“There was a famine in the land, besides the first famine that was during the days of Avraham. Yitzchak went to Abimelech king of the Philistines, to Gerar.” (Bereishit 26:1)

Gerar was the capital city of the Philistines. In parshat Noach, in the section discussing the descendants of Noah and where they settled, the Torah (Bereishit 10:19) states, “The border of the Canaanite [nation] was from Sidon [in the north], as you come [on the way leading] toward Gerar [in the south] until Gaza; as you come toward Sodom and Gomorrah and Adma and Tzevoyim, until Lasah.” Rabbi Steinsaltz (Weisfeld Humash) notes, “Gerar was the name of a city and region in the eastern Negev. The city of Gerar was located on the northern bank of Wadi Gerar, and has been identified with Tel Gamma near Kibbutz Re’im, or with Tel Harur, south of Melilot in the northern Negev.” Earlier in the same section (verse 14), the Torah speaks of the descendants of Mitzrayim, the second son of Ham, “Patrusim and Kasluhim, from which the Philistines emerged, and Kaftorim.” The Philistines eventually settled in the land of Canaan, along the coast, as is clear from the Exodus narrative (Shmot 13:17), “It was, in Pharaoh’s sending forth the people, that God did not guide them via the land of the Philistines, although it was near, for God said: Lest the people reconsider when they see war and return to Egypt.” Even though the shortest route from Egypt to the land of Canaan is along the Mediterranean coast, God took them on a circuitous route so as to avoid the territory of the Philistines. It thus transpired that Yitzchak left the Hebron region where he and his father had lived and moved to Gerar, which is roughly the area where the current war in the south of Israel is taking place.

The Biblical Philistines were a constant thorn in the side of the Israelites. Joshua was not able to conquer the territory of the Philistines, which included Ashkelon and Ashdod (Joshua 13). Samson was eventually captured by the Philistines, who gouged out his eyes (Judges 16:21). In the early days of Samuel, the Philistines attacked the Tabernacle at Shiloh and stole the Ark of the Covenant (I Samuel chapter 4). King David had many battles with the Philistines, starting with his remarkable victory over Goliath (ibid chapter 17) and continuing until his old age when he fought against the Philistine giants in Gob and Gath (II Samuel chapter 21). Jeremiah (chapter 47) prophesied about the Philistines “before Pharaoh attacked Gaza” and Zephaniah (chapter 2) predicted their ultimate downfall, “For Gaza will be deserted; and Ashkelon become a wasteland; they will drive out Ashdod’s residents at noon; and Ekron will be uprooted. Woe to the inhabitants of the seacoast, the nation of the Cherethites! The word of Hashem is against you, O Canaan, land of the Philistines, and I will destroy, without an inhabitant. The seacoast will be an abode for shepherds and sheepfolds. It will be a portion for the remnant of the House of Judah; upon which they will graze. In the houses of Ashkelon they will lie down in the evening, for Hashem, their God, will remember them and will return their captivity.”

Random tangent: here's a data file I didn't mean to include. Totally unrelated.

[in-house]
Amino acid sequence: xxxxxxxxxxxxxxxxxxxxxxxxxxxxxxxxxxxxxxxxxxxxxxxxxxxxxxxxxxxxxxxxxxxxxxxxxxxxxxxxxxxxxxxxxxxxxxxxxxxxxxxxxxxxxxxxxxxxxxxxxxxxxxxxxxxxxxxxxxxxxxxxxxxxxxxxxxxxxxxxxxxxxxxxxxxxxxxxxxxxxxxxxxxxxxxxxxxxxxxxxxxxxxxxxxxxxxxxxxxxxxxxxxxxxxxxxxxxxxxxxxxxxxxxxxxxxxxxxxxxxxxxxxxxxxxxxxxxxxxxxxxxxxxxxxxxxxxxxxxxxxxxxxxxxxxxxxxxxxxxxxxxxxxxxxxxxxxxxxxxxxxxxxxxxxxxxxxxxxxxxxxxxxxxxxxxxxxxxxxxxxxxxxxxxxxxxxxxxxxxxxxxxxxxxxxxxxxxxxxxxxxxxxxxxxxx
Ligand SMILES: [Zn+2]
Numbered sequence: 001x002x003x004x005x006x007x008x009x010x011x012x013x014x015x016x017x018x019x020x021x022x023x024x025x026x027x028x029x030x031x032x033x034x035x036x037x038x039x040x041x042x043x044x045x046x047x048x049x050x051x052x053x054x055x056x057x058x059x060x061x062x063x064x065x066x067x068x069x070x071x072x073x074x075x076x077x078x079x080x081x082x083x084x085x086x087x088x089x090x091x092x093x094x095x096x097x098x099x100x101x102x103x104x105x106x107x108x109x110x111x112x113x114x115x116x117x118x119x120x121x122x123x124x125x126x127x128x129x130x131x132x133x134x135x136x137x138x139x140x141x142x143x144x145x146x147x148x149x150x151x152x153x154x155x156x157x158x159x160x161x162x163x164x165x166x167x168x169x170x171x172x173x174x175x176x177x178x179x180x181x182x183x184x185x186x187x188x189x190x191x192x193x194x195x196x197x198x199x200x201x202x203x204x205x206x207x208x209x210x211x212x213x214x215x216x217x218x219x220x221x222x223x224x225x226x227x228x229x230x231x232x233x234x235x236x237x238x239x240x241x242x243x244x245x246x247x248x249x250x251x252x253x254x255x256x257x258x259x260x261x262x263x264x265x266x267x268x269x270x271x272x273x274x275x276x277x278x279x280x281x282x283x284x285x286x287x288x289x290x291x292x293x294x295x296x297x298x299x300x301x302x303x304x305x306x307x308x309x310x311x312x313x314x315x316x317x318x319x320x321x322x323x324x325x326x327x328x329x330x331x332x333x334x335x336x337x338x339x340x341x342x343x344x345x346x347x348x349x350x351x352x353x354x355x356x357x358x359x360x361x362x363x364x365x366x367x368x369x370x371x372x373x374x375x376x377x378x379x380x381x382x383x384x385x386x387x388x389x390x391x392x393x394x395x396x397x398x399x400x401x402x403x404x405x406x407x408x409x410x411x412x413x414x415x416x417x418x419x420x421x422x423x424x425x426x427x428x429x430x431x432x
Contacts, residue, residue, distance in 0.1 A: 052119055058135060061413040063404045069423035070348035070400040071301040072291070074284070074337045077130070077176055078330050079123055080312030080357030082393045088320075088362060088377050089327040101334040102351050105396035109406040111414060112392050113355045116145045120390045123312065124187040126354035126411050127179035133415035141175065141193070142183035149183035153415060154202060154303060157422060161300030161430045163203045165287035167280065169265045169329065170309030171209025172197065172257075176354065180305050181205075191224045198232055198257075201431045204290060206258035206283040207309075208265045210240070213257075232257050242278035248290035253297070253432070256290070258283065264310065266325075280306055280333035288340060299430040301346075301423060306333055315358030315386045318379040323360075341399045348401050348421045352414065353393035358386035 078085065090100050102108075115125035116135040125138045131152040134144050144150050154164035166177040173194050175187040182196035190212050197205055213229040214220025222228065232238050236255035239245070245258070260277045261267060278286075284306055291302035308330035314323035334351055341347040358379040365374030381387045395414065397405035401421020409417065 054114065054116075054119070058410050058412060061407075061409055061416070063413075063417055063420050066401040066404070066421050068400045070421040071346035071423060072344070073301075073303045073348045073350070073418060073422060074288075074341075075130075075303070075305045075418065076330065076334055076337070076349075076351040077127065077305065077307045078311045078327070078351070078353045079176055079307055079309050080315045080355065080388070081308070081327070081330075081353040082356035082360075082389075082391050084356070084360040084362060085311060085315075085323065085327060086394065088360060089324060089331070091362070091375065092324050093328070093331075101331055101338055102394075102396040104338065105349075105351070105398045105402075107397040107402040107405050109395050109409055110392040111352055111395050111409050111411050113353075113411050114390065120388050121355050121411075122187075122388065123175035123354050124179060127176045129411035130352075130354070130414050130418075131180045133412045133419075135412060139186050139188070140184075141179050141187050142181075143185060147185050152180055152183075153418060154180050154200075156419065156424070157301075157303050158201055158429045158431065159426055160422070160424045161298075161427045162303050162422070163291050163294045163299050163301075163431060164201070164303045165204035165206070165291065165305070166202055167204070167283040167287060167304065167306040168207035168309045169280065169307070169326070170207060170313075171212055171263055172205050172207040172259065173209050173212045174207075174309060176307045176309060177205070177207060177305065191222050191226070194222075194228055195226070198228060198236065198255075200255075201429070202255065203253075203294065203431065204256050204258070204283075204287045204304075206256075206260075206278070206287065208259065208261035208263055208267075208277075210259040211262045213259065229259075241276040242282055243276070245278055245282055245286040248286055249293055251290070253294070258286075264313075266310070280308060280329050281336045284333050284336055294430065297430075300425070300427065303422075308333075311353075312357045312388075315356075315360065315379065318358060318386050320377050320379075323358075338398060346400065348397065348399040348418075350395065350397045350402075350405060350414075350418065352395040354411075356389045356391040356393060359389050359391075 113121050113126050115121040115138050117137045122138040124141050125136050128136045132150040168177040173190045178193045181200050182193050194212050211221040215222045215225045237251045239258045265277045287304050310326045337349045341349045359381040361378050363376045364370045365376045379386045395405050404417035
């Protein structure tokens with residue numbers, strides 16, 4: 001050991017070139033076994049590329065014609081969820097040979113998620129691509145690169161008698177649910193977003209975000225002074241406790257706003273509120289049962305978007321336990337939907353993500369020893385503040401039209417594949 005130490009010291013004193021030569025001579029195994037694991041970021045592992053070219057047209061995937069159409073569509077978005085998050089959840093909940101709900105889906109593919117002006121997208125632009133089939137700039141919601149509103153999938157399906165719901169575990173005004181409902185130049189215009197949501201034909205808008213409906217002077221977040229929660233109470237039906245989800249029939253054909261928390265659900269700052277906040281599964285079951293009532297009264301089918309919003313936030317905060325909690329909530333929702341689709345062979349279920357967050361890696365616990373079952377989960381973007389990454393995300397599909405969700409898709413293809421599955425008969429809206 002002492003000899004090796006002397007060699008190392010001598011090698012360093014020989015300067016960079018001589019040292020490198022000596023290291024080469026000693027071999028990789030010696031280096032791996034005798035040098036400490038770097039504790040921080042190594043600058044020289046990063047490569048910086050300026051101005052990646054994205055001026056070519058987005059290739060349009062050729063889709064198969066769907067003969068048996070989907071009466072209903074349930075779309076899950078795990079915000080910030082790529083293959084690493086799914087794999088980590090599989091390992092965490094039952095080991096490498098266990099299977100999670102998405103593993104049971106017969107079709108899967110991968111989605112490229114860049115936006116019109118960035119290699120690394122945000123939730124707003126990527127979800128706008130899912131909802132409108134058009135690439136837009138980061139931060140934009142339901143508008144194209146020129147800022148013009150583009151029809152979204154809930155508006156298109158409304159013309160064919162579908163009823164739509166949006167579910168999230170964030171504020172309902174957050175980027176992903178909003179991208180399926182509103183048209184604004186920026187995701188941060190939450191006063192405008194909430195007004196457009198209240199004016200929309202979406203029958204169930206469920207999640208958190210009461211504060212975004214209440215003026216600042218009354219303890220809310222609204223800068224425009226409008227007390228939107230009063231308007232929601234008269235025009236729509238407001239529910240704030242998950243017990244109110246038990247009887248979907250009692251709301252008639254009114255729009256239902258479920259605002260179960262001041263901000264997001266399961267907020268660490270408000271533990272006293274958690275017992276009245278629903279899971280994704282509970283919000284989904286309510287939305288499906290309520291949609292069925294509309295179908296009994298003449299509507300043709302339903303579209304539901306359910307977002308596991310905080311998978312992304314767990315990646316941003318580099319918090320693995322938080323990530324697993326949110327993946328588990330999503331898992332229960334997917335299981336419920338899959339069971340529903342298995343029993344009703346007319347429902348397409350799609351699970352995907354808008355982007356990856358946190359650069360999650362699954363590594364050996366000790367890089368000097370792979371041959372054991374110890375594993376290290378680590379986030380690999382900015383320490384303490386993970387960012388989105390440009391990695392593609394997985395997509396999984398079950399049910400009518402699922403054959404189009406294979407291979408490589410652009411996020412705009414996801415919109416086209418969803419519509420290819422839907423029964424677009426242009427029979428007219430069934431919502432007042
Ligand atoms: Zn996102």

It would seem that the ancient Philistines were vanquished and disappeared. The people who today call themselves Palestinians are not actually related to the ancient Philistines. Rather, they are Arabs who lived in the area called Palestine. The encyclopaedia Britannica ( provides the background to the modern use of this term: “The word Palestine derives from Philistia, the name given by Greek writers to the land of the Philistines, who in the 12th century BCE occupied a small pocket of land on the southern coast, between modern Tel Aviv–Yafo and Gaza. The name was revived by the Romans in the 2nd century CE in “Syria Palaestina,” designating the southern portion of the province of Syria, and made its way thence into Arabic where it has been used to describe the region at least since the early Islamic era. After Roman times, the name had no official status until after World War I and the end of rule by the Ottoman Empire, when it was adopted for one of the regions mandated to Great Britain; in addition to an area roughly comprising present-day Israel and the West Bank, the mandate included the territory east of the Jordan River now constituting the Hashemite Kingdom of Jordan, which Britain placed under an administration separate from that of Palestine immediately after receiving the mandate for the territory.”